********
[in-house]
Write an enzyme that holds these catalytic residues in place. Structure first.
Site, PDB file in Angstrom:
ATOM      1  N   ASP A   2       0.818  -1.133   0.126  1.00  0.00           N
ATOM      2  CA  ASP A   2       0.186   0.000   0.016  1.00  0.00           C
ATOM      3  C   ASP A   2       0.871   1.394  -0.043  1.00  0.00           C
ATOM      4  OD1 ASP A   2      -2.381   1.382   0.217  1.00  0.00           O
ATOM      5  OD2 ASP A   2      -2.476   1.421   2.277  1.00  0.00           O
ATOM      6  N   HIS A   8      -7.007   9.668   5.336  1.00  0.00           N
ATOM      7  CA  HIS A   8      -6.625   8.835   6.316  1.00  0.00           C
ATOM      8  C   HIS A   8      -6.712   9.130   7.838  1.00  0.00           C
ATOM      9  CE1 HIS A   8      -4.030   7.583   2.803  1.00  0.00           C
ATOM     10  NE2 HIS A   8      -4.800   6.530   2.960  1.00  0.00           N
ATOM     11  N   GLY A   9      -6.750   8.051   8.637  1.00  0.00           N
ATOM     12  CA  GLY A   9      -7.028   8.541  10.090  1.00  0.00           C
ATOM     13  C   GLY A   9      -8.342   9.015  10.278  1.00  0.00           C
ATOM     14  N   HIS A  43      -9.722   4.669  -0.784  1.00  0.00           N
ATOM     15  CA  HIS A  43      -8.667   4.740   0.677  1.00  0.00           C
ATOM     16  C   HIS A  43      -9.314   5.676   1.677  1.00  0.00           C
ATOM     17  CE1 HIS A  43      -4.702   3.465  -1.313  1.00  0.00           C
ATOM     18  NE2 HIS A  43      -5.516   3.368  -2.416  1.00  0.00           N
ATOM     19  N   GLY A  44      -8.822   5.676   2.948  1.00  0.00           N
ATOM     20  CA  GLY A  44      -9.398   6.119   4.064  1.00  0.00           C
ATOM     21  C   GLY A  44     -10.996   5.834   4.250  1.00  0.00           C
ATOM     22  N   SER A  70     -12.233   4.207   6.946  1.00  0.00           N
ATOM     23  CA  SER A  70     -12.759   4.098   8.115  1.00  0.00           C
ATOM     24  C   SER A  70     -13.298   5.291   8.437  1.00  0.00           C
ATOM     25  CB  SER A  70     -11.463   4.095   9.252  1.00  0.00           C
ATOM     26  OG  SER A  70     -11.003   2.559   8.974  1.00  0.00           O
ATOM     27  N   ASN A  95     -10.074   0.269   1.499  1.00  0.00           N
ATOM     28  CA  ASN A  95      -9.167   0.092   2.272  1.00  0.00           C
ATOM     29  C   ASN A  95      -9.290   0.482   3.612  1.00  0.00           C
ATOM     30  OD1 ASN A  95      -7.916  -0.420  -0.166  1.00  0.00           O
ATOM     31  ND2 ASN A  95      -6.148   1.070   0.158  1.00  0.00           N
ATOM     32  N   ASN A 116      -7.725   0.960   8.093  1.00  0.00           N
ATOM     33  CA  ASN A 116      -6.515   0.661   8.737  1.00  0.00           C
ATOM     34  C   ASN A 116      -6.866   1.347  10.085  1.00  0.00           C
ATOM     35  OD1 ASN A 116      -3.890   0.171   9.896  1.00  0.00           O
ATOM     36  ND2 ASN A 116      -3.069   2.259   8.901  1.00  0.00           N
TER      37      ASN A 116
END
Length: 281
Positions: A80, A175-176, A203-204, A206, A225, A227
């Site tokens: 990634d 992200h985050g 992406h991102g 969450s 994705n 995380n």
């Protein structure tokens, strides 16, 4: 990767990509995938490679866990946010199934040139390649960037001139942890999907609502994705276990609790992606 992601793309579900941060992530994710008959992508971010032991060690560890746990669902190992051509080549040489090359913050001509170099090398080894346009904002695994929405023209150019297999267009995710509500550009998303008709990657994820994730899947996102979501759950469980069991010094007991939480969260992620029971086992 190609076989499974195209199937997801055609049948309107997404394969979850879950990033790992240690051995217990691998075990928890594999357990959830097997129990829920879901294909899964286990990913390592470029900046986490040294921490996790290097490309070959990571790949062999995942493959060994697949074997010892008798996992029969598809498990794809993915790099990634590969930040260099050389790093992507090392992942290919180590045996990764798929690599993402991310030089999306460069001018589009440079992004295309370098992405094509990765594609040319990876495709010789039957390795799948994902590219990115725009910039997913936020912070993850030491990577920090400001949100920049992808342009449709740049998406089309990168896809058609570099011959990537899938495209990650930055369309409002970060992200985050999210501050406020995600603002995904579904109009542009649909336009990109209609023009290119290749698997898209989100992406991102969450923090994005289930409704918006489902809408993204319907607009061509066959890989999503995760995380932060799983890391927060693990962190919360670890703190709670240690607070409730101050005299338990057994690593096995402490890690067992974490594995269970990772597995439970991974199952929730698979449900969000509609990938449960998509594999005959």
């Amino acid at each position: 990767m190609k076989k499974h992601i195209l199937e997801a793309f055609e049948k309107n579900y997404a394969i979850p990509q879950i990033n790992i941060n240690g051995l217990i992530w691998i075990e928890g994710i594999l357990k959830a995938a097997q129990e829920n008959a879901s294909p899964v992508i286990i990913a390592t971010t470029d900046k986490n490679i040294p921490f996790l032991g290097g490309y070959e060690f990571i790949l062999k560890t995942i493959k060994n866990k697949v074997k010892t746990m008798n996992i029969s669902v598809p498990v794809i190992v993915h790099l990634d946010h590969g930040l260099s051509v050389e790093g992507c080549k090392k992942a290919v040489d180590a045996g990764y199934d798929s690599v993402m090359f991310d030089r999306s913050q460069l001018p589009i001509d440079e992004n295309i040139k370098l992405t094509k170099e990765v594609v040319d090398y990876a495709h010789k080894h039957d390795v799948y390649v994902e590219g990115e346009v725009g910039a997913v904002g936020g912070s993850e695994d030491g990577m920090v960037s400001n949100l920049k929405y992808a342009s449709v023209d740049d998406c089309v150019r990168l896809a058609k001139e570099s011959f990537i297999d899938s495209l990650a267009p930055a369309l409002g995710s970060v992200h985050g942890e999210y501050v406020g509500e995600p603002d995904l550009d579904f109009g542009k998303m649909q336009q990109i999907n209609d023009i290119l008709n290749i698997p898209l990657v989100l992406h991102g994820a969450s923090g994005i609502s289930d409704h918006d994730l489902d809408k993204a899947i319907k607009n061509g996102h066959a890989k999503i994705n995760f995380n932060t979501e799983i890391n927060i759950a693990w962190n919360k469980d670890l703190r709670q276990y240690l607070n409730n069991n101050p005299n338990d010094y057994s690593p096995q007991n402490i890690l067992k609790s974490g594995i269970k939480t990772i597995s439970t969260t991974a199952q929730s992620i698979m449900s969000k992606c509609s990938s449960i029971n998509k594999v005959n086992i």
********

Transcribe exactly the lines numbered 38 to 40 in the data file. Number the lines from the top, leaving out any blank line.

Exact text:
ATOM     35  OD1 ASN A 116      -3.890   0.171   9.896  1.00  0.00           O
ATOM     36  ND2 ASN A 116      -3.069   2.259   8.901  1.00  0.00           N
TER      37      ASN A 116